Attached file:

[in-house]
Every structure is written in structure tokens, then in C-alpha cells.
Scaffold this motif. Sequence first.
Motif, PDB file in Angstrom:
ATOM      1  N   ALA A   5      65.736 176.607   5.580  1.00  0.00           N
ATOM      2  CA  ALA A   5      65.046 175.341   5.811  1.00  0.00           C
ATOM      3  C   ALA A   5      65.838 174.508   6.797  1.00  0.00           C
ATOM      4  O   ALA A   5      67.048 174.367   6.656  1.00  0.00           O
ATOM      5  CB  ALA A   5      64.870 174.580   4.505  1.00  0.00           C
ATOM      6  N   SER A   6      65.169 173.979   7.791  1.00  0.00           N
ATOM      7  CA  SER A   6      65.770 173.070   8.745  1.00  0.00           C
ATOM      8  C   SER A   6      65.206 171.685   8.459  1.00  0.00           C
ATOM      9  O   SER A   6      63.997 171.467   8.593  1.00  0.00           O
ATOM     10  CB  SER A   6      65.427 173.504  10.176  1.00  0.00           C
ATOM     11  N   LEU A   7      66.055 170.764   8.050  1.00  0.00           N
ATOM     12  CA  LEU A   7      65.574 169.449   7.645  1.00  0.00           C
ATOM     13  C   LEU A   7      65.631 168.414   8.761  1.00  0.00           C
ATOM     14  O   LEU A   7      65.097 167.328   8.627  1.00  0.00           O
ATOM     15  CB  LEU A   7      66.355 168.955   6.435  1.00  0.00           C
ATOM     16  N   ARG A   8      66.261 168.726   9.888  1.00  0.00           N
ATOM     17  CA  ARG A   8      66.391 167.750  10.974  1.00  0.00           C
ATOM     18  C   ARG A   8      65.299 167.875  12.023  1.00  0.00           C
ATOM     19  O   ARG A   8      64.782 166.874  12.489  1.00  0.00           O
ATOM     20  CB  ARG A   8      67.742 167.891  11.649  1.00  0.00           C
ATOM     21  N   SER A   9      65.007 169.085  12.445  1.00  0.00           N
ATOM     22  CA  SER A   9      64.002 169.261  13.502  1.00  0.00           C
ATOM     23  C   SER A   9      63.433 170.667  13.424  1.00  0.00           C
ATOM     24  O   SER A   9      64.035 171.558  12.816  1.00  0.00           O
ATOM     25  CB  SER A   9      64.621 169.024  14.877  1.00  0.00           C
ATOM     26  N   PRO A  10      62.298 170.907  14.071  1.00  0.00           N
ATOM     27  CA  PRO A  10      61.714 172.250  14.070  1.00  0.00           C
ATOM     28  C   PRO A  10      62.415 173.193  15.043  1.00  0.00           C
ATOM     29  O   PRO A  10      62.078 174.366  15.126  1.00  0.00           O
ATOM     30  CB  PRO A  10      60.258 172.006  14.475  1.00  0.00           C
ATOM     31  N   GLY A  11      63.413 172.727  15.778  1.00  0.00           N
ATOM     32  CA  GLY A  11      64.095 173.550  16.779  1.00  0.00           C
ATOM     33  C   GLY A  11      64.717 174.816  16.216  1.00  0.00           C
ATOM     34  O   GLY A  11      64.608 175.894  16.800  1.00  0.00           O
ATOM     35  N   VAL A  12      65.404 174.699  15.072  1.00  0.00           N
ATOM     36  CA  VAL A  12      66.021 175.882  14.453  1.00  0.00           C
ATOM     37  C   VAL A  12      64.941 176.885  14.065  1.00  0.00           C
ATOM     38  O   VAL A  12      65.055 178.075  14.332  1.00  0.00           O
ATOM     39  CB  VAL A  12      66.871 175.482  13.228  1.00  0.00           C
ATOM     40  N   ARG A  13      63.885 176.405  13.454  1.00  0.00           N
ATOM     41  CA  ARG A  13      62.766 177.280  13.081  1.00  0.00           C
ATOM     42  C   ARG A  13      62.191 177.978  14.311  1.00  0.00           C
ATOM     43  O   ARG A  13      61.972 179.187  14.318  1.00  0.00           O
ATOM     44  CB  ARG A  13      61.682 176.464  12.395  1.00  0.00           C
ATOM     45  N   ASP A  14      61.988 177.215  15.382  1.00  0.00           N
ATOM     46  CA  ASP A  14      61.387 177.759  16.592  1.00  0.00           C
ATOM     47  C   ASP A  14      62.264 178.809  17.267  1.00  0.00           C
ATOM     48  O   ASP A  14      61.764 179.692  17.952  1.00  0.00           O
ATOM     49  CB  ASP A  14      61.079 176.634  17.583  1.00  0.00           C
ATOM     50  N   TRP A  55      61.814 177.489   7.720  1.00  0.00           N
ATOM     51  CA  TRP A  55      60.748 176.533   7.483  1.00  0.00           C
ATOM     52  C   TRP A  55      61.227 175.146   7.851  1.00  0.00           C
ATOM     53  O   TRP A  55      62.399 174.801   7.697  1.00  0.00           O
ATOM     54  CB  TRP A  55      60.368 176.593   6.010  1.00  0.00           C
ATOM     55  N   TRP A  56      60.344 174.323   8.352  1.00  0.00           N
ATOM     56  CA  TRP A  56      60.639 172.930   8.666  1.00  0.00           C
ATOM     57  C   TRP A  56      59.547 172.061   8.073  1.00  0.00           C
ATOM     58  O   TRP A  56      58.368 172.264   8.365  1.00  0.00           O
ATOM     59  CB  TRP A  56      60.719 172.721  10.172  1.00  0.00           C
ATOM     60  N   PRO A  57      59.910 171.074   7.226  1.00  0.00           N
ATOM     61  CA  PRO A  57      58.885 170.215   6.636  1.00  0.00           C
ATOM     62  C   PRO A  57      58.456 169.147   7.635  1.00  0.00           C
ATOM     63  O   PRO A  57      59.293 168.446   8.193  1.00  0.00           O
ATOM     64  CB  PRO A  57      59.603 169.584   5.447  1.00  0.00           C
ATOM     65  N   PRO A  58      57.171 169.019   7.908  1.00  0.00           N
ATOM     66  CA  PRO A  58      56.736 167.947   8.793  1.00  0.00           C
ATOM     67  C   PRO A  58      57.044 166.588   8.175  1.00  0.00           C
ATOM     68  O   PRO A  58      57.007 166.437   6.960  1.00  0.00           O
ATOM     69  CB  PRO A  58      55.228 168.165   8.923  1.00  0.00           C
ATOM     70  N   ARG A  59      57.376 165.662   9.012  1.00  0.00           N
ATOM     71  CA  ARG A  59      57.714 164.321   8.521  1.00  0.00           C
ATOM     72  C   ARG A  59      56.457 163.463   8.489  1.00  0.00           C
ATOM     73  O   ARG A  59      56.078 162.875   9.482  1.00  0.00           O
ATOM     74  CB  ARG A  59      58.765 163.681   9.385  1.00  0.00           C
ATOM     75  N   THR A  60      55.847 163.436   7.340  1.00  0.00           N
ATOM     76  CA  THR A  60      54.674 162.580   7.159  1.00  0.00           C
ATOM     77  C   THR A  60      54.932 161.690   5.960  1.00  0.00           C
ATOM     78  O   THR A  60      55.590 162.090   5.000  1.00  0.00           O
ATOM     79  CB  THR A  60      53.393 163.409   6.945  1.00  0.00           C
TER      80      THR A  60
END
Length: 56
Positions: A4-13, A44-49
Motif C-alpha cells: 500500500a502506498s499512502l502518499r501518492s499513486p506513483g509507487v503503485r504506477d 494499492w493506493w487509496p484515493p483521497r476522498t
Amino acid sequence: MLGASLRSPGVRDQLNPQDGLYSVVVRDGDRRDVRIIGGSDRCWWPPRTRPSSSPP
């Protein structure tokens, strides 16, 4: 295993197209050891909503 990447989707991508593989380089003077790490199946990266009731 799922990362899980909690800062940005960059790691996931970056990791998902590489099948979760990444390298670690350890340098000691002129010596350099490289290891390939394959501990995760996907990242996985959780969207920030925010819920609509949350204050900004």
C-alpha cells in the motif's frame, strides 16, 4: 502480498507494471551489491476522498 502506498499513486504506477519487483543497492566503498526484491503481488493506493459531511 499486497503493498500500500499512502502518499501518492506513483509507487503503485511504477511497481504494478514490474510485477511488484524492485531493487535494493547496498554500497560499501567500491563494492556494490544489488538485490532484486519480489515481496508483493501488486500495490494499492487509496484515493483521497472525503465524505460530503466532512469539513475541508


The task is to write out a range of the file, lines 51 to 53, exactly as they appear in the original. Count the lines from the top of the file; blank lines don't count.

ATOM     47  C   ASP A  14      62.264 178.809  17.267  1.00  0.00           C
ATOM     48  O   ASP A  14      61.764 179.692  17.952  1.00  0.00           O
ATOM     49  CB  ASP A  14      61.079 176.634  17.583  1.00  0.00           C